If you’ve heard of Wix, it’s probably through their massive advertising campaigns that include A-list movie stars, pyrotechnics and million-dollar budgets. You will have an idea of their platform as fast, fun and flashy. In a way, they’re quite like the Apple of web builders. The one for the cool kids.
WordPress.org, on the other hand, would be more like Windows. A popular content management system, albeit one that favors nerds and coders who can do amazing things with it. Well, while there is a small element of truth to these ideas, we’ll see that they don’t always hold up. Hopefully, our complete breakdown below will help you see which solution is best to build a website, without any technical jargon, or explosive marketing tactics.
Please note that there is also WordPress.com. This article focuses on the open-source version WordPress.org. Learn more about the differences between both systems here.
We at WebsiteToolTester run websites on both WordPress and Wix. In fact, the website you are on right now is powered by WordPress and we are convinced that we made the right call. However, not all projects are created equal. We have another website, Tooltester.net, that runs on Wix. Read on to learn why.
Table of Contents
What’s the difference between the two?
Wix is an easy to use site builder with flexible designs, ideal for portfolio-type of websites. Building a large site isn’t recommendable as the editor tends to become slow with too many pages. WordPress allows you to create much larger websites but requires more technical knowledge.
The main difference between Wix and WordPress is their technical approach: while all Wix packages include hosting and tech support, WordPress is an open-source platform and requires you to take care of this yourself. You need to find a web host and install it on your own webspace. It’s also you who is responsible if there are any technical issues.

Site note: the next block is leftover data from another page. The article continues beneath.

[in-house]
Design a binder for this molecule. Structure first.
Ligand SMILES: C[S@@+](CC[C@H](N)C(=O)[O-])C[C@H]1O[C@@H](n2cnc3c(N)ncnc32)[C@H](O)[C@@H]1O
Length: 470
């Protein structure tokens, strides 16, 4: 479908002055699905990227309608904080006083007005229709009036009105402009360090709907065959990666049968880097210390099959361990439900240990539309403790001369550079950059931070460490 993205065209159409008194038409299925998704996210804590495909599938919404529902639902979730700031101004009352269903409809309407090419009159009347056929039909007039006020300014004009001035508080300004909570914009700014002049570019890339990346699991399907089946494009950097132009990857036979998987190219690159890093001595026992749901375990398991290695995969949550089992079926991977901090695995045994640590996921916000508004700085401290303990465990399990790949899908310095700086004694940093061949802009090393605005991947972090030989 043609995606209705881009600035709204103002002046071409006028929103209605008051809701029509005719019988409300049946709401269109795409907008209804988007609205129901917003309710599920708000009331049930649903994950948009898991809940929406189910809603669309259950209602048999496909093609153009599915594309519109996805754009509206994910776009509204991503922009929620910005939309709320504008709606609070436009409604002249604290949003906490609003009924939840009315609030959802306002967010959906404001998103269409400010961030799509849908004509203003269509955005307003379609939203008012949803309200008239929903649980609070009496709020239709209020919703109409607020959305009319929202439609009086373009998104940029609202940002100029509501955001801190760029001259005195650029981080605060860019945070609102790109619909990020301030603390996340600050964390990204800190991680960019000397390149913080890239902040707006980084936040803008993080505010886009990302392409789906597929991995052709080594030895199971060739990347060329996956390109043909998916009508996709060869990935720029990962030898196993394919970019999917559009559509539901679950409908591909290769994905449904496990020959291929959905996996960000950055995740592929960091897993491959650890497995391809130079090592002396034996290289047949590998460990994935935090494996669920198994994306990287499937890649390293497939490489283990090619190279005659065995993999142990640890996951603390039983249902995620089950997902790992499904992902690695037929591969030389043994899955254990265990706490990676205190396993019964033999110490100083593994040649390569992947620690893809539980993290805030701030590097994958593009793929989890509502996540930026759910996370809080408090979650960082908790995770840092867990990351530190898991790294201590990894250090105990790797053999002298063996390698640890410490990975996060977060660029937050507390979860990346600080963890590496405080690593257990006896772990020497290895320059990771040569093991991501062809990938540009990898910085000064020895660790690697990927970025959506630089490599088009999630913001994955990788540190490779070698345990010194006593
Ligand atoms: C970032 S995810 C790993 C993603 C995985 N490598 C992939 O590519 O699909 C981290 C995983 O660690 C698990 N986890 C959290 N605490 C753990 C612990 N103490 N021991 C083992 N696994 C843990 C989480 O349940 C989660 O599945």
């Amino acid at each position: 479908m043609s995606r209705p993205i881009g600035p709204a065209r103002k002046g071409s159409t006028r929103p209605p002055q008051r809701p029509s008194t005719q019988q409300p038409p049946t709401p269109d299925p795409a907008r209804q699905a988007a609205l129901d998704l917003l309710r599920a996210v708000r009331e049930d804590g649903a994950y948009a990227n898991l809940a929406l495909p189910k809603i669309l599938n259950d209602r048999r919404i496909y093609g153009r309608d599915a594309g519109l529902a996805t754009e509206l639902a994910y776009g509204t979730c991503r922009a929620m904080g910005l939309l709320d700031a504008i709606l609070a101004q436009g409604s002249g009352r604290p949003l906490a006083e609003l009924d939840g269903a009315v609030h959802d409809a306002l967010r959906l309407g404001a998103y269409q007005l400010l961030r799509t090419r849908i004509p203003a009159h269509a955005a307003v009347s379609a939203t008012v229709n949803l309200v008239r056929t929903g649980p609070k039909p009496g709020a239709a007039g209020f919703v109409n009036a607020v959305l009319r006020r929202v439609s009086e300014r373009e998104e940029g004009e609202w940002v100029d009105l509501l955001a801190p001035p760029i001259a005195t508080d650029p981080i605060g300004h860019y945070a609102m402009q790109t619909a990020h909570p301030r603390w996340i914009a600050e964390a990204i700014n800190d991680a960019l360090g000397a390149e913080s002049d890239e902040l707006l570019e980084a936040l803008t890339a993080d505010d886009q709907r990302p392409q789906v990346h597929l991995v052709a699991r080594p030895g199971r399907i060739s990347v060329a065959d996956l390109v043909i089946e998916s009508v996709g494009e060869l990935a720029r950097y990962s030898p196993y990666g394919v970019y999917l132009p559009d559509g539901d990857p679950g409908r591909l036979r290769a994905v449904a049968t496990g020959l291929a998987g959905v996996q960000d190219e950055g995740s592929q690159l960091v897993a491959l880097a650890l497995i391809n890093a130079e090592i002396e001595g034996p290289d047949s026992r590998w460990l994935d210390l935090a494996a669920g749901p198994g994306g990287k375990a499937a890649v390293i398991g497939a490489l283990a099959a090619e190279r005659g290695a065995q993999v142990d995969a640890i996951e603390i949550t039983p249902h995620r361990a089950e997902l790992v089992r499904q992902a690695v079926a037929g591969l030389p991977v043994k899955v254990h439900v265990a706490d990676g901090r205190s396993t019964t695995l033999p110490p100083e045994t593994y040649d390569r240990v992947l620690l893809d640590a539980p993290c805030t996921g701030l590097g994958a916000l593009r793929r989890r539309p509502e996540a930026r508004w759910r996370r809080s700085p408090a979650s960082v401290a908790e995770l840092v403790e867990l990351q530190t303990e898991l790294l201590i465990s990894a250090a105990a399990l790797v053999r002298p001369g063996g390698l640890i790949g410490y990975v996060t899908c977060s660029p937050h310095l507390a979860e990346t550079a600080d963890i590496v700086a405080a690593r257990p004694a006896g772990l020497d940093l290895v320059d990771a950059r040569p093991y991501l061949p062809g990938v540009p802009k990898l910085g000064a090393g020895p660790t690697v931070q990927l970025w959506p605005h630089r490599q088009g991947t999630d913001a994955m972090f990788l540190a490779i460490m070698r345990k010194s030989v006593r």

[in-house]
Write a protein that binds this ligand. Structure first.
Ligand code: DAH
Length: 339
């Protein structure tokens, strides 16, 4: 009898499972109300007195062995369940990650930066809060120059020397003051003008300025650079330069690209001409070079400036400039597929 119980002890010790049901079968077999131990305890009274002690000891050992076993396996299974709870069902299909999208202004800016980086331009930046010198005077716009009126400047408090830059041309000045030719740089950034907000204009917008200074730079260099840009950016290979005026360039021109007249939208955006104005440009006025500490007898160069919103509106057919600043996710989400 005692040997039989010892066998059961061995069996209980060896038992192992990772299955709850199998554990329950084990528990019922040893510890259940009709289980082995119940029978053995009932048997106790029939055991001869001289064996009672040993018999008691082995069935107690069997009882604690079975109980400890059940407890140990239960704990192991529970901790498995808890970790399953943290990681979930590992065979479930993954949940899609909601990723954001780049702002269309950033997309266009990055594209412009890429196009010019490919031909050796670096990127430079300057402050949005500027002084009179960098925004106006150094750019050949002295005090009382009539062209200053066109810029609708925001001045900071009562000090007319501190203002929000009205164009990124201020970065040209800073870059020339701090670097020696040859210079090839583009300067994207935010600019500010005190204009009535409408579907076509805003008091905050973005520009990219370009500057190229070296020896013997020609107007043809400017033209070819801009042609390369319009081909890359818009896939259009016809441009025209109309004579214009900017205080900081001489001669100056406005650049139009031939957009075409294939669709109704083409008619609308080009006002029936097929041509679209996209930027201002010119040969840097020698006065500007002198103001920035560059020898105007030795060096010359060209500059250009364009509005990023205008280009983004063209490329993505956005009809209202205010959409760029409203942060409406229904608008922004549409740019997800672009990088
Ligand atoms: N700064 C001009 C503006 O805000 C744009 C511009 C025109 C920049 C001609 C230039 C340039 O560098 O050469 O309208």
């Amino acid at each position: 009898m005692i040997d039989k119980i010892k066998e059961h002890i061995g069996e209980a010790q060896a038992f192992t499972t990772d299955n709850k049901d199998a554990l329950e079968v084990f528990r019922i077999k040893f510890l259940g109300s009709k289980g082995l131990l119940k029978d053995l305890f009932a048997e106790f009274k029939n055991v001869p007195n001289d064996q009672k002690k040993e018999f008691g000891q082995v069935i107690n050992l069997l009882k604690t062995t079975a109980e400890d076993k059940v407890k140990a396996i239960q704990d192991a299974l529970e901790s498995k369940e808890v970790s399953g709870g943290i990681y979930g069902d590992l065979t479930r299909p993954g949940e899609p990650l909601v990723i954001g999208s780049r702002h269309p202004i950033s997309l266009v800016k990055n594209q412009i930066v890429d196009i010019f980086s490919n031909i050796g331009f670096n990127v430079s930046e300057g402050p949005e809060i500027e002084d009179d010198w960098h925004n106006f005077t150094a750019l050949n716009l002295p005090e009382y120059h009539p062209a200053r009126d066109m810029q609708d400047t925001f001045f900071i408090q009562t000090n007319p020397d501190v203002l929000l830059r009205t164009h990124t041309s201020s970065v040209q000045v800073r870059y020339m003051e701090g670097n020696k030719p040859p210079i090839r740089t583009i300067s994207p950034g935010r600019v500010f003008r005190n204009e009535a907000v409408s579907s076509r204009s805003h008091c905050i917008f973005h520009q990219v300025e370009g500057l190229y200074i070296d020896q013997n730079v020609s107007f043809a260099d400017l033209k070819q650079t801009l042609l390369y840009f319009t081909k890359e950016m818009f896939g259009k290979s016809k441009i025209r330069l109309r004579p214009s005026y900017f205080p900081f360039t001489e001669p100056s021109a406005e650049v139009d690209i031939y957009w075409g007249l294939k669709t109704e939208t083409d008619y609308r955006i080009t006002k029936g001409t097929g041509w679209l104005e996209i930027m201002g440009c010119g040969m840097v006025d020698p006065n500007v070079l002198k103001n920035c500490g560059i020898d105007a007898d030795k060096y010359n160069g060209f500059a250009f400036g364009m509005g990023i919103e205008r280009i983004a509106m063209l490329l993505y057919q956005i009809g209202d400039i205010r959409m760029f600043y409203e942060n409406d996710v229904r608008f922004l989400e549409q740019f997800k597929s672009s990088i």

Lately though, it does seem like Wix has been trying to move more into WordPress’s territory and establish itself as a performance-focused website builder – especially if recent (unsuccessful) marketing campaigns are anything to go by. The introduction of features such as CMS-like dynamic pages, and advanced development tools such as Wix Editor X and Wix Velo, are further proof of this. However, WordPress is still by far the more powerful platform of the two, and we don’t see this changing any time soon.
Wix vs WordPress: Our video review
Check out our comparison video for a quick summary of how Wix and WordPress perform in the most important areas.
Ease of Use: Is Wix easier to use than WordPress?
Wix is actually one of the easiest website builders to build a website with. Why? You don’t have to install any software, and you edit everything in your browser (check our Wix Tutorial to see how it works). Their editor is completely drag and drop, and super intuitive, especially for complete beginners. If you want to add more functionalities, you also have their App Market that lets you add features in one click.
And then there’s even the ADI editor, which leads you through a Q&A setup process. After only a few minutes you’ll get to see a first draft of your website based on your business. You will be more limited in your choices but for someone with a very narrow time budget, this can actually be a decent-enough solution.